assigning ID values are tight enough, that there will be almost no need
   for a manufacturer to come back to the IEEE for additional OUI values
   (because of running out of space in the rest of an ID object).  To this
   end, they require that the uses of the OUI be carefully documented and
   presented to the IEEE RAC for review, dissemination, and archiving.
   Gary has concluded that the needs of different organizations are
   sufficiently different that it is a waste of time to try to negotiate
   a single format for a given value width (e.g., 64- or 128-bits)
   across all organizations.  So it is more practical to just ensure that
   each use is carefully thought through.

   Until recently, neither ANSI nor the FibreChannel groups had submitted
   a write-up of their desired use of the OUI to IEEE.  Several weeks ago,
   Bob Snively took the initiative to submit the attached draft proposal to
   the IEEE RAC for their review and comment (Bob had previously circulated
   this draft to the relevant reflectors for comment).  Gary said he thought
   the proposal was very well structured and that it only needed the addition
   of two carefully-worded points before it should be circulated to the
   rest of the IEEE RAC for review:
   a) A given manufacturer should only need one OUI value for all 
      applications, 802/Ethernet addresses, 1212 IDs, cellular phones, 
      whatever.  It is up to the company to maintain an internal registration
      authority to manage the values in its various ID spaces.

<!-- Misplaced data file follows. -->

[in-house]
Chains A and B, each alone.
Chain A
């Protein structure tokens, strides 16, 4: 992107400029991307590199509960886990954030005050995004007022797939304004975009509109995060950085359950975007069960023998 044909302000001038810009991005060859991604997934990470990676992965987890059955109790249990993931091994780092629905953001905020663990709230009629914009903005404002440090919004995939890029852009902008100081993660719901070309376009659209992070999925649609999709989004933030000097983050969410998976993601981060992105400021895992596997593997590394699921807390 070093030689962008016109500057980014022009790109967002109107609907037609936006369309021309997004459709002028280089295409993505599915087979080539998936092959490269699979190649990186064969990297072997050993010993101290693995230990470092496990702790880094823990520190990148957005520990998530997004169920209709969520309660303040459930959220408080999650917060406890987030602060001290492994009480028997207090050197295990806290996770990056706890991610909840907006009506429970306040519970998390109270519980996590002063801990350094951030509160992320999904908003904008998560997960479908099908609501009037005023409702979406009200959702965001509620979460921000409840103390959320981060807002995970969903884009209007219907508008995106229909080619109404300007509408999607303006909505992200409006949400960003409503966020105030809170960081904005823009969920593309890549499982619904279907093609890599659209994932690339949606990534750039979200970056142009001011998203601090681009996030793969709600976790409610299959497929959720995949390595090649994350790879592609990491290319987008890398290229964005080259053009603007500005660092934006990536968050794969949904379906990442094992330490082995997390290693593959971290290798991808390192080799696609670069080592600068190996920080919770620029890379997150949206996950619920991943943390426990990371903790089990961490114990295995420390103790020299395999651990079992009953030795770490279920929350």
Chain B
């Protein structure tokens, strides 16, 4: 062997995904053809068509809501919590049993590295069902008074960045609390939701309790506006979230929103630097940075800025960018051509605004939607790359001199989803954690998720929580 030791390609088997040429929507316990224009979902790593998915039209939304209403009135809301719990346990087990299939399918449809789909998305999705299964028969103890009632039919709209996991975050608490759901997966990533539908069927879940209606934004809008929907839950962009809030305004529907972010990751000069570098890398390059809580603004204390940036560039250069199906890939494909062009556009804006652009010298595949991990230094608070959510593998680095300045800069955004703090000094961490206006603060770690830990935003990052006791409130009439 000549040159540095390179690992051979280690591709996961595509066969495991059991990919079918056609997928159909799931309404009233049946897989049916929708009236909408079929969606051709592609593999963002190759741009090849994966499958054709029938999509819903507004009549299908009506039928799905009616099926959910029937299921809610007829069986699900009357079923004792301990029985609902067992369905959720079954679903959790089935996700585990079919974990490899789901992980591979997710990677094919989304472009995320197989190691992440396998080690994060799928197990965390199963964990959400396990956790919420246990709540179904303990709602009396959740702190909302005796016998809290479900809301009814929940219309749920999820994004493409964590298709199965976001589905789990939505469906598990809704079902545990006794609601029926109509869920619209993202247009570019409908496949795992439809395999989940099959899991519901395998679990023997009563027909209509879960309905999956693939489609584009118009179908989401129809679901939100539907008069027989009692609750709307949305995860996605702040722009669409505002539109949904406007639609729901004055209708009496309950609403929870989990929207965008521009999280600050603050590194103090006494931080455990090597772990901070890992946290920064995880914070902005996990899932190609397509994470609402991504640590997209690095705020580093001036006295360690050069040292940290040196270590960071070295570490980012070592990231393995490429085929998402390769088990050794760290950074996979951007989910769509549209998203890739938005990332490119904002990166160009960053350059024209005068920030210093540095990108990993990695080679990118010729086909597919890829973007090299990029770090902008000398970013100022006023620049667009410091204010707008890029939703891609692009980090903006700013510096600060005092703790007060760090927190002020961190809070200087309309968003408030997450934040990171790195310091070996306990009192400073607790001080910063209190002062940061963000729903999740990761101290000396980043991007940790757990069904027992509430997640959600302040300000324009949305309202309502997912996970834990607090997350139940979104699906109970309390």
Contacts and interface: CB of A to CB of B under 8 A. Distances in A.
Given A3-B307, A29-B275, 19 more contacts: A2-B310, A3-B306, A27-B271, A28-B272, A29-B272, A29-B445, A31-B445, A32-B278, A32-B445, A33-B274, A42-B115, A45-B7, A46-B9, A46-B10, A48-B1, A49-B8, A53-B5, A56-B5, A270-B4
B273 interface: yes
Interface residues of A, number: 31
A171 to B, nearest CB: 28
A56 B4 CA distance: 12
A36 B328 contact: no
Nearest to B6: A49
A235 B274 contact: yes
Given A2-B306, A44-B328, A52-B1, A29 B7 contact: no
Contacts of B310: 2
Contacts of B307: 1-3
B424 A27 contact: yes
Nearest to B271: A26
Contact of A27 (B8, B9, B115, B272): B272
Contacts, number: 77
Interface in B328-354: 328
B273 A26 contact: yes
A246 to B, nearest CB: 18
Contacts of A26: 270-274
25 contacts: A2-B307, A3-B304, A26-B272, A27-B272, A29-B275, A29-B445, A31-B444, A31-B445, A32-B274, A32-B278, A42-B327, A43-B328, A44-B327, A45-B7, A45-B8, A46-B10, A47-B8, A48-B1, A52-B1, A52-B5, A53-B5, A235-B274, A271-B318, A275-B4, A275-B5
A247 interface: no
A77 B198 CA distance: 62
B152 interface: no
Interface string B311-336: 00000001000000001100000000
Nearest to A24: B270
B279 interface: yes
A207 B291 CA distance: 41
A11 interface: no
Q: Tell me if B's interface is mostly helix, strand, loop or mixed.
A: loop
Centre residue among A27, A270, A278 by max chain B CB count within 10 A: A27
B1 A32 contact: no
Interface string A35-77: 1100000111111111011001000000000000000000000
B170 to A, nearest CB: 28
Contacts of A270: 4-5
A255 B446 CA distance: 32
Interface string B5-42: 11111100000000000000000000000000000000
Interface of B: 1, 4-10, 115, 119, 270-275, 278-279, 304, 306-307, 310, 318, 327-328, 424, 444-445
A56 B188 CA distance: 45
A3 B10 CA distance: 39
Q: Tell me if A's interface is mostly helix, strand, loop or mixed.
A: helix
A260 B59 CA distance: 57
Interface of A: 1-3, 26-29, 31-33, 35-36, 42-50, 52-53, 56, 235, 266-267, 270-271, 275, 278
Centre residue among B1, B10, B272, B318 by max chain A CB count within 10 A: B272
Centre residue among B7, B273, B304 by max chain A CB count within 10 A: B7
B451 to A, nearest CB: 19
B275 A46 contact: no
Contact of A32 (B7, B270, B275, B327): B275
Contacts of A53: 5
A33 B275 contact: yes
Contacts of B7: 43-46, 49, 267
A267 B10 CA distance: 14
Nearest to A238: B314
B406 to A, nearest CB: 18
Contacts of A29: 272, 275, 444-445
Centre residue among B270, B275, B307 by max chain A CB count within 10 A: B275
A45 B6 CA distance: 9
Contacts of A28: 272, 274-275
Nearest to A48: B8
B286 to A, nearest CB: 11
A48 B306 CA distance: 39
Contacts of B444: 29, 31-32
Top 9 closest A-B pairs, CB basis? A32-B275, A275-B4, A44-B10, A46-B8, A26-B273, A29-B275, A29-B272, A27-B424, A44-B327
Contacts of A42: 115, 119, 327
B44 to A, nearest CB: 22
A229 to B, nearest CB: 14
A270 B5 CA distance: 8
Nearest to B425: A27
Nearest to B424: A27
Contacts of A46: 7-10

b) All addresses and ID values, across all uses, must be as unique as
      possible.  For example, values used for 802/Ethernet addresses should 
      not be duplicated in FibreChannel world-wide names.  

      The thinking here is that new relationships and interconnections are 
      being invented every day and it is possible that number spaces which 
      were originally thought to be disjoint, can suddenly be found to be
      interrelated.  If and when this happens, the values may not be unique
      anymore, without this provision.  For the multitude of problems it 
      would cause, it is not worth trying to tightly-pack ID values into a
      narrow number space to save bytes anyway.  So as long as we have the
      space, we should manage it such that uniqueness need never be an 
      issue, regardless of changes in connectivity.

Q: Where is the EUI-64 format defined?

A: There was a draft 64-bit ID format document that was used for IEEE IO
   interconnect purposes some time ago.  It is not an IEEE standard and
   has not been posted to the IEEE web site, although it will be:
                  http://stdsbbs.ieee.org/faqs/OUI.html
   This format reportedly uses 24 bits for the OUI and the rest for 
   vendor-dependentID values.  No space has been set aside for a registration
   authority identifier, like the four-bit Network_Address_Authority used in
FC-PH.  Since it has already been used in a couple of places (like 
   FireWire), it is too late to change the format to add an NAA field.
   Therefore, this format does not meet the SCSI and FC groups' needs and
   something like the attached proposal is more appropriate.

---

Based on these discussions, I hope we can turn Bob's draft around and